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A stunning Broncos loss has made us normal people again

Colin D. | November 18, 2014

“Better now than later, I say. Better for the fans. Better for the team. Not only do the Broncos now have a better perspective on how they might be beaten when the chips are down, Broncos Country now knows to adjust expectations.”

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If you’re like me you made mad preparations for the Super Bowl last year. I thought about that game for two full weeks and made sure that I was beyond prepared to enjoy it. My big chair was positioned just to in front of my good HD set, I had a cooler at an arms reach and a dining room table stocked with every kind of football goodie I could possibly require. I didn’t host a party nor did I attend one. I didn’t head for the bar. But I had plans to go out and raise hell after the game was over to celebrate a championship with all of Broncos Country.

We all know how that worked out.

Denver had lost three games in the 2013 regular season, each by a touchdown or less. Nobody had any reason to suspect that they would not be competitive in the Super Bowl. Certainly the Broncos themselves could not have imagined the 43-8 drubbing they wound up taking at the hands of the Seattle Seahawks. Nothing had happened to them through the course of the regular season to alert them to the possibility that they could, if they weren’t careful, get positively manhandled by another NFL team.

The 2013 Broncos smashed every offensive record imaginable en route to a 13-3 record then cruised through the playoffs on their way to an AFC Championship. While they faced losses, they never faced real adversity like that that they faced on Sunday in St Louis. Not until the Super Bowl, anyway. At no point did the Broncos look themselves in the mirror and say “You know what? We’re beatable.”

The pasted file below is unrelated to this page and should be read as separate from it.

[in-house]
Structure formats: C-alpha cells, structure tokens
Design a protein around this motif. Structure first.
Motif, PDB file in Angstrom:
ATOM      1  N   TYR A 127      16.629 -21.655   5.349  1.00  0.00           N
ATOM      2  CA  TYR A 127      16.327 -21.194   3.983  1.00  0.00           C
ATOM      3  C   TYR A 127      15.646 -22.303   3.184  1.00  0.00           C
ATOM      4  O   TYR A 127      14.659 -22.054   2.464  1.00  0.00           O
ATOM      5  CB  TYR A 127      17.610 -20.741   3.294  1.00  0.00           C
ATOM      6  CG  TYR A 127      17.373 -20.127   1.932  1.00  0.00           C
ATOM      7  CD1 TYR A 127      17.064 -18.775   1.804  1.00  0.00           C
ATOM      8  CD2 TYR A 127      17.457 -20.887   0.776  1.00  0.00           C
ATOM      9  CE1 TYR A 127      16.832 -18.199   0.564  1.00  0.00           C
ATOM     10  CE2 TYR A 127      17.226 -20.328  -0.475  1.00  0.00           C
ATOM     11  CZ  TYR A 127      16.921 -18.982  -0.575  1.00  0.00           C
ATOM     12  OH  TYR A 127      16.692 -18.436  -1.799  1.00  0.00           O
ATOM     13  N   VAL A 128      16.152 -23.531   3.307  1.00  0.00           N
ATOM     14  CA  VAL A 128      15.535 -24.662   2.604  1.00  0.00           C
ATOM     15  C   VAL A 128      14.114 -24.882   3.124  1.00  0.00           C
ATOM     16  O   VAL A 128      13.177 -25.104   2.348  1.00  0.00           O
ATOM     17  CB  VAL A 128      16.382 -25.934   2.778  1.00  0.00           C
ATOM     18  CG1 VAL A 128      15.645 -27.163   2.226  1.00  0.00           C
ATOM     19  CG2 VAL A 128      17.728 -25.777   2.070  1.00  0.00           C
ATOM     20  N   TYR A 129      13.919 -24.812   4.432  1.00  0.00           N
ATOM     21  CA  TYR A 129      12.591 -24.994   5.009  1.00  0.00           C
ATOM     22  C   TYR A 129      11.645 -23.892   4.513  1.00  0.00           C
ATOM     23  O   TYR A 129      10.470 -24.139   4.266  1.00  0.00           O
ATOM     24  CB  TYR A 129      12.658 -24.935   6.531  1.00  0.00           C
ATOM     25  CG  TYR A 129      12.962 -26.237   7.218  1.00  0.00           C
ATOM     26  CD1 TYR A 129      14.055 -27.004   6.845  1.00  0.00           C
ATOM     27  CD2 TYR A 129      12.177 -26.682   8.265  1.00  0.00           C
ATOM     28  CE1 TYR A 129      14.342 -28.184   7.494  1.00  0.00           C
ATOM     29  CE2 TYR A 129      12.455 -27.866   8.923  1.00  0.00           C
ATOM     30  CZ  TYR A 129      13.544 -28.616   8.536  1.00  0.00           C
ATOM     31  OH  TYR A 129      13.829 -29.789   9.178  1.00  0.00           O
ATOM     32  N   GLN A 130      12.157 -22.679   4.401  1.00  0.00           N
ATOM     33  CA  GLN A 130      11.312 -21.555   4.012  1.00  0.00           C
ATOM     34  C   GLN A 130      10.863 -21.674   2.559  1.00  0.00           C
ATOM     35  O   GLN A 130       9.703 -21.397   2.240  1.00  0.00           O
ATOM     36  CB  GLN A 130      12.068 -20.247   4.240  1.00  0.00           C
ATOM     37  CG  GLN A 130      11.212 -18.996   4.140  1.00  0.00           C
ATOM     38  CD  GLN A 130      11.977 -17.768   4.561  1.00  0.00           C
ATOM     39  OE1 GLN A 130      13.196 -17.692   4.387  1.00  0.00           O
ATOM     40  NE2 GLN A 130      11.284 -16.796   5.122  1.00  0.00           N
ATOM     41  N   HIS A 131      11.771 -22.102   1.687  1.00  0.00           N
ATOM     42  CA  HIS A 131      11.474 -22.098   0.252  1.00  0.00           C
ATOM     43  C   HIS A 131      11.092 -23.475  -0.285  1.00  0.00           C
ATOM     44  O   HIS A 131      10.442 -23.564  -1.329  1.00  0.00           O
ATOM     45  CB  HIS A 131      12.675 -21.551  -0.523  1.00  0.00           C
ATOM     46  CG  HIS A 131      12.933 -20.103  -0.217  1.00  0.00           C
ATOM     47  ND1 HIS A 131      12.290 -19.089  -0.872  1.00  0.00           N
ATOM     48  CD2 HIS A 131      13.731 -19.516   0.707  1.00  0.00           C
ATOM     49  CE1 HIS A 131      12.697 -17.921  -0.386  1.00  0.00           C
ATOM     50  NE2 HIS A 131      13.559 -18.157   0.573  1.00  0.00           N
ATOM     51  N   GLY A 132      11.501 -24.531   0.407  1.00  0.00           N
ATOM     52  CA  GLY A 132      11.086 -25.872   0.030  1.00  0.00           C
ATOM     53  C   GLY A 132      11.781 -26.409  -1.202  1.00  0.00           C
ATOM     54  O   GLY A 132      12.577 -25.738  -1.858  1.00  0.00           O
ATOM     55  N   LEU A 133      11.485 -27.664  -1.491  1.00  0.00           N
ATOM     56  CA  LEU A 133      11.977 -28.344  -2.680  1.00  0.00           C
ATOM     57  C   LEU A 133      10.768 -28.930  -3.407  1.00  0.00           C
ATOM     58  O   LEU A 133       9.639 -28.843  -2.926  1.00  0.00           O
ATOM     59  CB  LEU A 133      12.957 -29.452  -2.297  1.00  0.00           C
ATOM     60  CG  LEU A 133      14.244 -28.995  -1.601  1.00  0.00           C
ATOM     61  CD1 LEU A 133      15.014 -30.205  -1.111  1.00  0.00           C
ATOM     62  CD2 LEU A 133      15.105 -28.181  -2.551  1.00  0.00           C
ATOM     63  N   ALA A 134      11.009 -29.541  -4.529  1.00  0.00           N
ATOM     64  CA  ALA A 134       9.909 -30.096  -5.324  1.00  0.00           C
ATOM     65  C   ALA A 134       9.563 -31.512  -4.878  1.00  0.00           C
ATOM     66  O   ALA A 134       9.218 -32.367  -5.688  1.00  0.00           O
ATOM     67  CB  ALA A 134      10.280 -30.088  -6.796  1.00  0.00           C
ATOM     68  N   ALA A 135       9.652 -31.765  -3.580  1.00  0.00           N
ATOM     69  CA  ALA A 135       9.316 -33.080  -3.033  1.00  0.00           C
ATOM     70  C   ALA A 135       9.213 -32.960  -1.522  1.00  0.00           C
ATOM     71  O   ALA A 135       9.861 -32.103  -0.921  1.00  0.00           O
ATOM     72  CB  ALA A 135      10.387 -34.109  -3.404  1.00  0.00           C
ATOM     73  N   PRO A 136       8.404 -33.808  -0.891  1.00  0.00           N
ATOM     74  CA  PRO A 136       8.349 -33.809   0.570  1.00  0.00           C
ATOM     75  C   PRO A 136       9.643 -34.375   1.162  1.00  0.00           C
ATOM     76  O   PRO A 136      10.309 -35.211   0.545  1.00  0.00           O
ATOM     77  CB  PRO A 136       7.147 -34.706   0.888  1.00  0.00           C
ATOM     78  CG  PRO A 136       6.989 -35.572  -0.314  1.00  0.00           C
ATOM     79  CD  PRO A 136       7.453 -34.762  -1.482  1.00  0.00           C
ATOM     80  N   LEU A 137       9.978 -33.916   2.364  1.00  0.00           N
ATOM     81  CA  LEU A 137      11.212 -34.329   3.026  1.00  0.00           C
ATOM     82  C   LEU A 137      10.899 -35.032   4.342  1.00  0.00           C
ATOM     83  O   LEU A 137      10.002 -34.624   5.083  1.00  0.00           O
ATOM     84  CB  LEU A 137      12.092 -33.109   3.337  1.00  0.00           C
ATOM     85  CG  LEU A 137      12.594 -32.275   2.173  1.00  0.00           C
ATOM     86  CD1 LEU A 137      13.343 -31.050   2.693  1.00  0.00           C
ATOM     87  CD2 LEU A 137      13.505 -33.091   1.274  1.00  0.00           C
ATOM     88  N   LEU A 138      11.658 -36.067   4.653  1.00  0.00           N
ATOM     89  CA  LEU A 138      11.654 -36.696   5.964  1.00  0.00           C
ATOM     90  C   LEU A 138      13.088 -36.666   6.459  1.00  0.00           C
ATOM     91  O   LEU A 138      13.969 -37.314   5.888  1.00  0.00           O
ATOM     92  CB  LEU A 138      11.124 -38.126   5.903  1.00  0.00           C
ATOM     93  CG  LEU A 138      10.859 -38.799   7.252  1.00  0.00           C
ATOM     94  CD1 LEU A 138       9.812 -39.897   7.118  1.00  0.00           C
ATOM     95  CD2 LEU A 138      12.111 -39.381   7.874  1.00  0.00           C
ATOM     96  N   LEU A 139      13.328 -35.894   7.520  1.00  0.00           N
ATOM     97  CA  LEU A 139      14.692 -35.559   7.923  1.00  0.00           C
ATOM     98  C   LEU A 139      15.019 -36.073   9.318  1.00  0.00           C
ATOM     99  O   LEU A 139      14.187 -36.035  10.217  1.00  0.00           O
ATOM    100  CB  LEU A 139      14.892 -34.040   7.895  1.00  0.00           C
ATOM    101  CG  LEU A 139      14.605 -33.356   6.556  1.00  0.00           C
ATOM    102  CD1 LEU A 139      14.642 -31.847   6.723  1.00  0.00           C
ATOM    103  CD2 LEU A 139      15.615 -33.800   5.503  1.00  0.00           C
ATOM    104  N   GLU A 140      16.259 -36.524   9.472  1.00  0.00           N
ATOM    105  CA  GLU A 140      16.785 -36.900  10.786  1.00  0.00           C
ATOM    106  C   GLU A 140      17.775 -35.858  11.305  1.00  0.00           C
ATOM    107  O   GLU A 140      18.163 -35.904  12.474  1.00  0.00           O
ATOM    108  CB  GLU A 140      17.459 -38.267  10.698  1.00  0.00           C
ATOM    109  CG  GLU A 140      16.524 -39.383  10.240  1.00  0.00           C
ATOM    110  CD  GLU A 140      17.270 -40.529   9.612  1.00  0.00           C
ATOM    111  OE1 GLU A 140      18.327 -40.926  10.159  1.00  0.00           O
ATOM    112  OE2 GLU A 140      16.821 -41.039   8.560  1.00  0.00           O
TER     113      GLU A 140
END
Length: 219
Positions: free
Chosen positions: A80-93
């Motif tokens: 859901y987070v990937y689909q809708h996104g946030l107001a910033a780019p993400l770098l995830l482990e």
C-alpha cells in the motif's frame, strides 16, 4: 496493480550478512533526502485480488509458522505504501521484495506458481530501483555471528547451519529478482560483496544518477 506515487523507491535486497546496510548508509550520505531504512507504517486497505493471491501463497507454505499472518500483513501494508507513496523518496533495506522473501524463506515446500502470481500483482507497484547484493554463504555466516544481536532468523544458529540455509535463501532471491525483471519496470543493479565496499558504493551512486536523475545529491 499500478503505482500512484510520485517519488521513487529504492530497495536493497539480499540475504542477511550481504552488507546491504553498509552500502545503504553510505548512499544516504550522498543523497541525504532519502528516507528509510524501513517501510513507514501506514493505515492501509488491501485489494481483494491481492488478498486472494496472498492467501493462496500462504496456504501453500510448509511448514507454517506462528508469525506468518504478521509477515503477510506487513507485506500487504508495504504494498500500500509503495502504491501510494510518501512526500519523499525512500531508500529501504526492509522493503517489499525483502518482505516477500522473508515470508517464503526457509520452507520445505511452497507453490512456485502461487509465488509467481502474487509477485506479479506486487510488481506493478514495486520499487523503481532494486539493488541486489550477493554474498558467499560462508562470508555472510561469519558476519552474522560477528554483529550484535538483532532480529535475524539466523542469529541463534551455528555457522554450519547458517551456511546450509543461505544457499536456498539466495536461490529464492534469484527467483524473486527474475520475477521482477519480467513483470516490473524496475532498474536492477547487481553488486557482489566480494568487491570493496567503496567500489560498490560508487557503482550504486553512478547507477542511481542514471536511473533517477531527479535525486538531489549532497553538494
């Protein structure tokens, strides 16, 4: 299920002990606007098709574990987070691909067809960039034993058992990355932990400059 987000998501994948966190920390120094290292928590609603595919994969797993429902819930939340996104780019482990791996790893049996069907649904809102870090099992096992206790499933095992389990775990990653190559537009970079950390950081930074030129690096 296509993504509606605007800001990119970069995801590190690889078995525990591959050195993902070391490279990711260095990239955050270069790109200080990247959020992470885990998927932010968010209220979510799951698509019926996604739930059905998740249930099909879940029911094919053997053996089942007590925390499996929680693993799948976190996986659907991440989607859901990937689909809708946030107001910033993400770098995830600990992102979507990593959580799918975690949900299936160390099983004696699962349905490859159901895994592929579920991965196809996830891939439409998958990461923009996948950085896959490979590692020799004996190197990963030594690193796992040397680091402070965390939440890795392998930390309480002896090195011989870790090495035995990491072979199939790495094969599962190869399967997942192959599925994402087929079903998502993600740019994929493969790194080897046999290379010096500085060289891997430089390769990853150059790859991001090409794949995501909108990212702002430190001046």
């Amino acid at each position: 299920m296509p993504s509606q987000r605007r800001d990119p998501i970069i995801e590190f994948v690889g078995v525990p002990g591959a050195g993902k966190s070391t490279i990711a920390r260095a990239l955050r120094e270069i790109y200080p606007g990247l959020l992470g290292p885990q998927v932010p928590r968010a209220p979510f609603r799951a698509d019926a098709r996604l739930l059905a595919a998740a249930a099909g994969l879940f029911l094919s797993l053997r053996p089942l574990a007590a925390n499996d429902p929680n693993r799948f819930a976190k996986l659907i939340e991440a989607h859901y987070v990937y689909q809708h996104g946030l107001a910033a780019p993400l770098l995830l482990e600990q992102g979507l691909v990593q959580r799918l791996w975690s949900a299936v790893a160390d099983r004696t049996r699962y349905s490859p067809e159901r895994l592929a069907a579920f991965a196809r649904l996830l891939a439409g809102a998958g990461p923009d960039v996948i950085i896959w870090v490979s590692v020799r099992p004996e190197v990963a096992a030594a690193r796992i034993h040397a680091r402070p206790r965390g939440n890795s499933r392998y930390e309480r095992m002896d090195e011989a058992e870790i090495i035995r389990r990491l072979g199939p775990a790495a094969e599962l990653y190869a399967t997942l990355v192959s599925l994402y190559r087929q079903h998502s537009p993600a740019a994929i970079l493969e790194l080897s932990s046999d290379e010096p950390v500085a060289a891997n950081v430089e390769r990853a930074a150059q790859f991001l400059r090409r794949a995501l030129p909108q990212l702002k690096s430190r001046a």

The 2014 are certainly very beatable. And we saw plenty of evidence of that not just this week against the Rams, but in the early stages of last week’s game in Oakland. They’re getting off to slow starts, struggling to run the ball, looking lost and showing weakness along the offensive line. Peyton Manning for all his greatness is beginning to show his age. He’s immobile and cantankerous and he’s panicky when plays break down. Number eighteen has been failing to spot open receivers and forcing balls into coverage. He has been intercepted four times in two games.

It’s not just Manning’s play that has been questionable. The whole damn team seems fat and happy. It lacks toughness, drive and devotion. That starts with the coaching staff. Everybody associated with the Denver Broncos has a ton of work to do if Denver is going to advance in the playoffs, much less return to the Super Bowl. After eleven weeks the Broncos have lost as many games as they did all of last season. They’re no longer in control of the AFC. The Patriots are. And even the Chiefs seem in better position to win the West than the Broncos are.

This is adversity.

Better now than later, I say. Better for the fans. Better for the team. Not only do the Broncos now have a better perspective on how they might be beaten when the chips are down, Broncos Country now knows to adjust expectations. We won’t have the rug pulled out from under us the way we did last year. No surprises. Whether the Broncos lose on the road in the Wild Card game or win it all or find their fate somewhere in between nobody will be shocked now. We can’t expect them to win anymore. We have to accept that the window may have closed for them and that the Manning era may not end in glory the way we hoped.

Having had a chance to  take a deep breath after Sunday’s loss to the Rams Broncos fans should embrace feeling like normal people again. Normal people don’t take it for granted that their team is going all the way. Normal people live week to week. One game at a time, as coaches like to say. The loss to the Rams stunk – but it came at a perfect time – both for the Broncos and for us. The team can now reevaluate before it’s too late and we can all reset for the rest of the season realizing that the dream may be over.    

Written by Colin D.


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